Town Raven

Town Raven
In flight


This is a diary, or rather, field notes written up each day, with the latest entry at the top.

To get the full story, start at the bottom entry in the archive, and read upwards.
Then read the current diary entries from the bottom up as well.

Once you've got the full story, just visit and read the new story for the day!


Location Map

Location Map
This shows where we walk and meet the ravens
The yellow and pink squiggly lines are two walks we take. The yellow one is the one we usually do. The squigglyness indicates how Madame visits her several important sniffing check-points!
We stop several times to feed the ravens, and you can see where they come from.

If you right-click on the image and open it in a new tab, you can then zoom in to see more details.

Thursday, 25 February 2010

Feb 25th

It was mild again this morning, the robins and blackbirds were singing, but the sun was still hidden behind some dark clouds.
There had been no raven calls before I left the house at 7.30 a.m., but I did hear some when I got into the first field.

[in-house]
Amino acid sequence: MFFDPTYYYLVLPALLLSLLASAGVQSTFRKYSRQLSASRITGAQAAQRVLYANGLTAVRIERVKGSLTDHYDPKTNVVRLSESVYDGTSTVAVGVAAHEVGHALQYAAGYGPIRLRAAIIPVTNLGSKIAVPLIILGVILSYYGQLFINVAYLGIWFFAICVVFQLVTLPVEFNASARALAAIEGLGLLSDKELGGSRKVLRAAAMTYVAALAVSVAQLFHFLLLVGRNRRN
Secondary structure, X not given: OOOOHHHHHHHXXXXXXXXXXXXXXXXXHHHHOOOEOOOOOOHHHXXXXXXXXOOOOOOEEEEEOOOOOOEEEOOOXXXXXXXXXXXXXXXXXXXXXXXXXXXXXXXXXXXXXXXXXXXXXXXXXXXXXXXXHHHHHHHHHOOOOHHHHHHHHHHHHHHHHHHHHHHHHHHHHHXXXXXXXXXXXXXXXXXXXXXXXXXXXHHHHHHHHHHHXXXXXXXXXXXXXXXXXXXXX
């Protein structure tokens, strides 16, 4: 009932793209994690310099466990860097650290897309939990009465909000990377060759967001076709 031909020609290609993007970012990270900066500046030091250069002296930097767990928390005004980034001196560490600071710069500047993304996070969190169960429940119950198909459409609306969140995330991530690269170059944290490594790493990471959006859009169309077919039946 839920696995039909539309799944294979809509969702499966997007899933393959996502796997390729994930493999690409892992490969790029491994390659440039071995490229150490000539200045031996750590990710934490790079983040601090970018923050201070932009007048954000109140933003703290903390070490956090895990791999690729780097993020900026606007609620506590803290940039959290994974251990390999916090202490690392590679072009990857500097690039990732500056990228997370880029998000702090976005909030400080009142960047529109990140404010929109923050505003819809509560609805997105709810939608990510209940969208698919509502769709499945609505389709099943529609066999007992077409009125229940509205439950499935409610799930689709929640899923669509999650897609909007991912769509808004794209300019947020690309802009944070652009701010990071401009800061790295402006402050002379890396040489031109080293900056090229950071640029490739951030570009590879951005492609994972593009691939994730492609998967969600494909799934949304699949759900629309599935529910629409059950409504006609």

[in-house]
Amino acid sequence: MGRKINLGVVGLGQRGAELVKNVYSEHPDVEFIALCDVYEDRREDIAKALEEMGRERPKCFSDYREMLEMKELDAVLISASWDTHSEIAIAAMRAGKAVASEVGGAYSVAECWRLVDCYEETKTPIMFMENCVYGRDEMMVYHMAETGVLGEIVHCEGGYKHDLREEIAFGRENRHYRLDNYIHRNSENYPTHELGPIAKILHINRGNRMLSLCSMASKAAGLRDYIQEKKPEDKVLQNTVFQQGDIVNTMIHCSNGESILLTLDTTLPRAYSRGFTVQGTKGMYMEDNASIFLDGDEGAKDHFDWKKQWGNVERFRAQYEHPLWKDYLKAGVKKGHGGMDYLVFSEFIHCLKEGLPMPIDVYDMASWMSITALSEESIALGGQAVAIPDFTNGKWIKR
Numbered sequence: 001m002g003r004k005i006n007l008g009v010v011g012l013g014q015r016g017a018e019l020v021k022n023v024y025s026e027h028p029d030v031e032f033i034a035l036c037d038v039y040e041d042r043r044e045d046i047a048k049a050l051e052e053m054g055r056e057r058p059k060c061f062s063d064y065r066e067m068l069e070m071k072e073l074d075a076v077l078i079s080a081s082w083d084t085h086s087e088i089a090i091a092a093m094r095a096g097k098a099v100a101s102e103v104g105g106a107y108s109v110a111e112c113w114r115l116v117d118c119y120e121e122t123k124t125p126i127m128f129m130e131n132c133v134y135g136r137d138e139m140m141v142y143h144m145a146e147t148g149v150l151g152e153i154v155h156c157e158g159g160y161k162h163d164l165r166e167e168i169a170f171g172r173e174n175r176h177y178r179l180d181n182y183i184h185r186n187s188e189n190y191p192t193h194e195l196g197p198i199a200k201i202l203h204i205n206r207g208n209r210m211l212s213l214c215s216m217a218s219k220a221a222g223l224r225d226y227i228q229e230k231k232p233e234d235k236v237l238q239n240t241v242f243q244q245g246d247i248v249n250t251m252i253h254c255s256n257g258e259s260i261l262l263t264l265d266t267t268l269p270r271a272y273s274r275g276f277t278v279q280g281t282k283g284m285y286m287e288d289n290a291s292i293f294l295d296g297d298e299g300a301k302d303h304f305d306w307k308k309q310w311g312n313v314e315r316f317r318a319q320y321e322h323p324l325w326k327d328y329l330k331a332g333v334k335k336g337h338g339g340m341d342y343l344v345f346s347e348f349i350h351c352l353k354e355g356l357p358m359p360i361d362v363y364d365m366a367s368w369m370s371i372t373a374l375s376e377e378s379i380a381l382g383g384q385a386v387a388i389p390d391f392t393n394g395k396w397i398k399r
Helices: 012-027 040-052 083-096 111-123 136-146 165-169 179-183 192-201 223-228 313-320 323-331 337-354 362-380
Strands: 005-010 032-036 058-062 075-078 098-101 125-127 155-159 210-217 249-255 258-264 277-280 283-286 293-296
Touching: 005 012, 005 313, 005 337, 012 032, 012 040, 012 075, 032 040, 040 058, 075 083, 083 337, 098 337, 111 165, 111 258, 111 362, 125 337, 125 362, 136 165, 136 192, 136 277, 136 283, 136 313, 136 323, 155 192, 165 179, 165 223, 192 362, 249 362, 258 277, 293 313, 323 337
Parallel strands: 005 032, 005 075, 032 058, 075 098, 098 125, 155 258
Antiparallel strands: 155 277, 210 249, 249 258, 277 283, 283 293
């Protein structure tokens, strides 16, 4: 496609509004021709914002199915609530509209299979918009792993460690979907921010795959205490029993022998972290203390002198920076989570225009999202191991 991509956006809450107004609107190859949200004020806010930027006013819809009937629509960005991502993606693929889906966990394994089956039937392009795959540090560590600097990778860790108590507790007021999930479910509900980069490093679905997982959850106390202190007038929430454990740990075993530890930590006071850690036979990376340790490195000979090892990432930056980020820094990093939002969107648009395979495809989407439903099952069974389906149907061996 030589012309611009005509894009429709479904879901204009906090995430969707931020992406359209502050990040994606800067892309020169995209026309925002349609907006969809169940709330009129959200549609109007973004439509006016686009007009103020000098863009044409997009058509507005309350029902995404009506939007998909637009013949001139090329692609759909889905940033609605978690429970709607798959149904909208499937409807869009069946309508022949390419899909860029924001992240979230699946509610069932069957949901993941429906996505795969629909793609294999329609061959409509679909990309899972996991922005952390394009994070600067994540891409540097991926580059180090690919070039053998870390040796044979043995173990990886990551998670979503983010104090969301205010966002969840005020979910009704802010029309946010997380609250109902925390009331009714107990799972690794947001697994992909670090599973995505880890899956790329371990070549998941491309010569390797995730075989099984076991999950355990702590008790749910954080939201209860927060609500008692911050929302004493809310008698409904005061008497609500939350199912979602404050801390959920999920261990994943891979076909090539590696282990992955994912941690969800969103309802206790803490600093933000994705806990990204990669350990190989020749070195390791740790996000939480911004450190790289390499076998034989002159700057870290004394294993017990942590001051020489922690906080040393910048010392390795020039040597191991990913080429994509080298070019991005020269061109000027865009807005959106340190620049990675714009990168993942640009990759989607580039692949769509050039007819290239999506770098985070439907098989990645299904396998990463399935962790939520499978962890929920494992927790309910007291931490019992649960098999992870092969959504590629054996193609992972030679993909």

I walked up the big field, accompanied by more calls coming from the boundaries. In the middle of the field, I found the remnants of a food-waste bag which had been dragged there. I can tell you that neither ravens, nor seagulls and apparently urban foxes neither, like eating spring onions!

As I approached the top of the big field, I noticed two ravens sitting in tree tops bordering the toddlers' playground, calling.
As soon as I stood still, they came down to the ground, at the same time the quarry pair arrived. I started feeding them - the pair from the tree tops was the young pair. Then my bold pair came swooping in from across the ravens field.

They were greeted by the young pair with the juvenile begging posture, and with lots of cawing. The quarry pair kept their distance. 
I started feeding them, and noted again that one of each pair was more aggressive in regard to getting the scraps than the other. 

Then, a seventh raven appeared! He was keeping a huge distance between himself and the other six, did not try to push in, and none of the six original ravens seemed to be fussed by that new raven. 
The quarry pair then flew off, having eaten quite a bit, and the young pair did the same when I made my way to the newcomer. He did approach and took a couple of scraps, the bold pair did not impede him.

By that time I'd run out of scraps, so that was the end of it, and I walked back home across the muddy fields.

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